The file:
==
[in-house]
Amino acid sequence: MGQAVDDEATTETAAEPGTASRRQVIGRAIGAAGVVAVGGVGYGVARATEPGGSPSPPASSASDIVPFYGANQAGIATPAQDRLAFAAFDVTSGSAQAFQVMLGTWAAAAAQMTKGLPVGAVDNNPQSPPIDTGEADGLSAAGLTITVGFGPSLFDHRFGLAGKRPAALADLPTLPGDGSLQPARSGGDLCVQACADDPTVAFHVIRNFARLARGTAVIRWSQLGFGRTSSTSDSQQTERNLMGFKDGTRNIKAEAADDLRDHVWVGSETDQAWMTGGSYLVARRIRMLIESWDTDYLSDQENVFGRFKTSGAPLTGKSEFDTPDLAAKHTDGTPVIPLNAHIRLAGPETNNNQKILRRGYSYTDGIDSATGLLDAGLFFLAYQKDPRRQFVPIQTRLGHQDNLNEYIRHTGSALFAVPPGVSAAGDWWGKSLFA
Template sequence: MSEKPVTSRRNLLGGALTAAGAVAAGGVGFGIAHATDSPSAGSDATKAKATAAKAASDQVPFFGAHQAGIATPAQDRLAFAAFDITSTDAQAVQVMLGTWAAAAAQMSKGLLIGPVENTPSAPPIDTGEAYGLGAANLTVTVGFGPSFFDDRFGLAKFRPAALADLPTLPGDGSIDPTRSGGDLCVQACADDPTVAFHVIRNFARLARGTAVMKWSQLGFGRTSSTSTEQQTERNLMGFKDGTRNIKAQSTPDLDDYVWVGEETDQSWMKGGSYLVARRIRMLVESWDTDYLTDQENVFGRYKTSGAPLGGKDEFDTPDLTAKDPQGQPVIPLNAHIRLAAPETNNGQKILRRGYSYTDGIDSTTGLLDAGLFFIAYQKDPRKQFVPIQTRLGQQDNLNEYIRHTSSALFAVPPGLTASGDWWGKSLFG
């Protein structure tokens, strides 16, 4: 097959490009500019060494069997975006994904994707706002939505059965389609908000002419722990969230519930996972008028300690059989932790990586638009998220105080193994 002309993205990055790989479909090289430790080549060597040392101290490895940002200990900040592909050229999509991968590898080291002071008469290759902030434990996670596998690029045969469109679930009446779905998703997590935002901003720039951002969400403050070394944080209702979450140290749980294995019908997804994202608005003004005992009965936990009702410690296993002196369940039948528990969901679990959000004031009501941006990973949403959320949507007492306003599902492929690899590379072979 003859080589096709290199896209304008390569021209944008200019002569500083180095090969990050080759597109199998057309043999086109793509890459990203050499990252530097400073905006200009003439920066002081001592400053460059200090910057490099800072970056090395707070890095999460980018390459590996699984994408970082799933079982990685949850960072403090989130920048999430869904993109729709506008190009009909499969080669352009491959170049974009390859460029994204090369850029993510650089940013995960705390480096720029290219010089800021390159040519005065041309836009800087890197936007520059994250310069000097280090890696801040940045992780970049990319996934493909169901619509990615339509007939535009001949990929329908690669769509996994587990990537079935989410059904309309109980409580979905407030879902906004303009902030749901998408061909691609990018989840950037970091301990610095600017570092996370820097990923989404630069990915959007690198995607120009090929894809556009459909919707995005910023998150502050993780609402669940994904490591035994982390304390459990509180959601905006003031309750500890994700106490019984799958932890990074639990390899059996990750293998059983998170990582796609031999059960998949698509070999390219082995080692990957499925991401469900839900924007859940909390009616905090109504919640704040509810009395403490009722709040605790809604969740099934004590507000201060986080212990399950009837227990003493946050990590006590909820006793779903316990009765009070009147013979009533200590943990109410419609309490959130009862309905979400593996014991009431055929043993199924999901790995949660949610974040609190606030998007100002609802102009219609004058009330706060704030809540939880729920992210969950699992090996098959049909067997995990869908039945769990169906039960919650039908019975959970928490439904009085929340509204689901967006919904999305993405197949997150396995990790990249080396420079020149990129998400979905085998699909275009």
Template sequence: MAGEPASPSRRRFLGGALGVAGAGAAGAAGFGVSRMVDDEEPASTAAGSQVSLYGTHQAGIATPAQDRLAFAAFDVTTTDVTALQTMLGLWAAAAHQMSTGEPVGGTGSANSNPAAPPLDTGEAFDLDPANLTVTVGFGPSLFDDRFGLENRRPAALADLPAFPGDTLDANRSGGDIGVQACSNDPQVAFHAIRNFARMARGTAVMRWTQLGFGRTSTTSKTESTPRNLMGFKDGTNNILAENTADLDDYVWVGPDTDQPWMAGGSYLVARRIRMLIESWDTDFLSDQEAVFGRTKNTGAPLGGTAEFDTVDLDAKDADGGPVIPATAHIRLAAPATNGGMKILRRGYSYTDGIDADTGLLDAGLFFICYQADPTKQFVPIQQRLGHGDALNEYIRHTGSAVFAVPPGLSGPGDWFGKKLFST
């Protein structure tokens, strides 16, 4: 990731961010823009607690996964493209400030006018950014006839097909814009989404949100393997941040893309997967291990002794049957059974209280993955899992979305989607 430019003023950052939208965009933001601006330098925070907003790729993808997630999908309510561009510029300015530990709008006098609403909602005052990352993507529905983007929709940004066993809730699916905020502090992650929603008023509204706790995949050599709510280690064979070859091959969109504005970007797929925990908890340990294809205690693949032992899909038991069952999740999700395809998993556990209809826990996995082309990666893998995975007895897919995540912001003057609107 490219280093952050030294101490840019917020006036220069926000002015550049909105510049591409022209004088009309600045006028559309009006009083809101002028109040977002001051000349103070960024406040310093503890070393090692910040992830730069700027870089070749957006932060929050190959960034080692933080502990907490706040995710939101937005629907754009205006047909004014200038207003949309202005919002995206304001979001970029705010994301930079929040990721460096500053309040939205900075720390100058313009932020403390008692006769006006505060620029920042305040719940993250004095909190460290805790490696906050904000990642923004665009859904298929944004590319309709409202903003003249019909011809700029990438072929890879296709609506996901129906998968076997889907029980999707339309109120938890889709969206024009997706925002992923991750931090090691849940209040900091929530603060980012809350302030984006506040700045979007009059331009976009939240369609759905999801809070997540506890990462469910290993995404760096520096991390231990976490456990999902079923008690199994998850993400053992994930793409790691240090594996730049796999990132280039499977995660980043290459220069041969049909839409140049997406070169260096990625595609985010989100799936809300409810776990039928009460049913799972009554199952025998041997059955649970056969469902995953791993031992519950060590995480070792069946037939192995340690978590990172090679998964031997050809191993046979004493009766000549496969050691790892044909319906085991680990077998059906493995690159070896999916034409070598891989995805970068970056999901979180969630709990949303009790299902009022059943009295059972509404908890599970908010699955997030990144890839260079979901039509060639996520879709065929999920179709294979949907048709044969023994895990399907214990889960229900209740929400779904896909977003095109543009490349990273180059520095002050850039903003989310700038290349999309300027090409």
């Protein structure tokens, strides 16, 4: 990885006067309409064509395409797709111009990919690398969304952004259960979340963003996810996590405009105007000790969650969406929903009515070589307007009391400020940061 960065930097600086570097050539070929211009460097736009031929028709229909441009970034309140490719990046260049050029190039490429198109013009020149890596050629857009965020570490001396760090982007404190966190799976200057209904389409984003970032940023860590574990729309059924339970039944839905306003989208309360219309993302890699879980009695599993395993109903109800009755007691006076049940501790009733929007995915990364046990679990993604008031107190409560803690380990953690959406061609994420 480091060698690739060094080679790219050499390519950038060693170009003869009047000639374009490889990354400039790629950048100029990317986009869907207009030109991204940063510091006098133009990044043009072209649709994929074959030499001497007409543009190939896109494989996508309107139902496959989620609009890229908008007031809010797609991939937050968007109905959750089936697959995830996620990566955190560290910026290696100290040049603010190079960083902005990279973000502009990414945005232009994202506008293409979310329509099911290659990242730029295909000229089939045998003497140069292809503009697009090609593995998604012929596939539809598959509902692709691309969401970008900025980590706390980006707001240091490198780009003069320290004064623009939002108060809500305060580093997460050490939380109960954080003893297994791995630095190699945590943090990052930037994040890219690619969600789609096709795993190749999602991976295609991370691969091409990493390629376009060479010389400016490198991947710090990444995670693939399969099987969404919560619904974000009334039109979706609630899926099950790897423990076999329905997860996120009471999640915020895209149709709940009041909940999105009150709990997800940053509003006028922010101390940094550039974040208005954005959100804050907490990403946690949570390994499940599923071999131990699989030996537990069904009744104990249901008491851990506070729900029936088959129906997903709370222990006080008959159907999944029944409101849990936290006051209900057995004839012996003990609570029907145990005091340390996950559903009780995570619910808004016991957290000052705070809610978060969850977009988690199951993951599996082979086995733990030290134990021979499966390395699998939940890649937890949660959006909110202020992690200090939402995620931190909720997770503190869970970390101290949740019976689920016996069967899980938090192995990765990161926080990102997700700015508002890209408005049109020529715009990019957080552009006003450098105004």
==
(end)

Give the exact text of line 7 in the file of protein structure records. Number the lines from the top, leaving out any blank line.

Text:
């Protein structure tokens, strides 16, 4: 990885006067309409064509395409797709111009990919690398969304952004259960979340963003996810996590405009105007000790969650969406929903009515070589307007009391400020940061 960065930097600086570097050539070929211009460097736009031929028709229909441009970034309140490719990046260049050029190039490429198109013009020149890596050629857009965020570490001396760090982007404190966190799976200057209904389409984003970032940023860590574990729309059924339970039944839905306003989208309360219309993302890699879980009695599993395993109903109800009755007691006076049940501790009733929007995915990364046990679990993604008031107190409560803690380990953690959406061609994420 480091060698690739060094080679790219050499390519950038060693170009003869009047000639374009490889990354400039790629950048100029990317986009869907207009030109991204940063510091006098133009990044043009072209649709994929074959030499001497007409543009190939896109494989996508309107139902496959989620609009890229908008007031809010797609991939937050968007109905959750089936697959995830996620990566955190560290910026290696100290040049603010190079960083902005990279973000502009990414945005232009994202506008293409979310329509099911290659990242730029295909000229089939045998003497140069292809503009697009090609593995998604012929596939539809598959509902692709691309969401970008900025980590706390980006707001240091490198780009003069320290004064623009939002108060809500305060580093997460050490939380109960954080003893297994791995630095190699945590943090990052930037994040890219690619969600789609096709795993190749999602991976295609991370691969091409990493390629376009060479010389400016490198991947710090990444995670693939399969099987969404919560619904974000009334039109979706609630899926099950790897423990076999329905997860996120009471999640915020895209149709709940009041909940999105009150709990997800940053509003006028922010101390940094550039974040208005954005959100804050907490990403946690949570390994499940599923071999131990699989030996537990069904009744104990249901008491851990506070729900029936088959129906997903709370222990006080008959159907999944029944409101849990936290006051209900057995004839012996003990609570029907145990005091340390996950559903009780995570619910808004016991957290000052705070809610978060969850977009988690199951993951599996082979086995733990030290134990021979499966390395699998939940890649937890949660959006909110202020992690200090939402995620931190909720997770503190869970970390101290949740019976689920016996069967899980938090192995990765990161926080990102997700700015508002890209408005049109020529715009990019957080552009006003450098105004």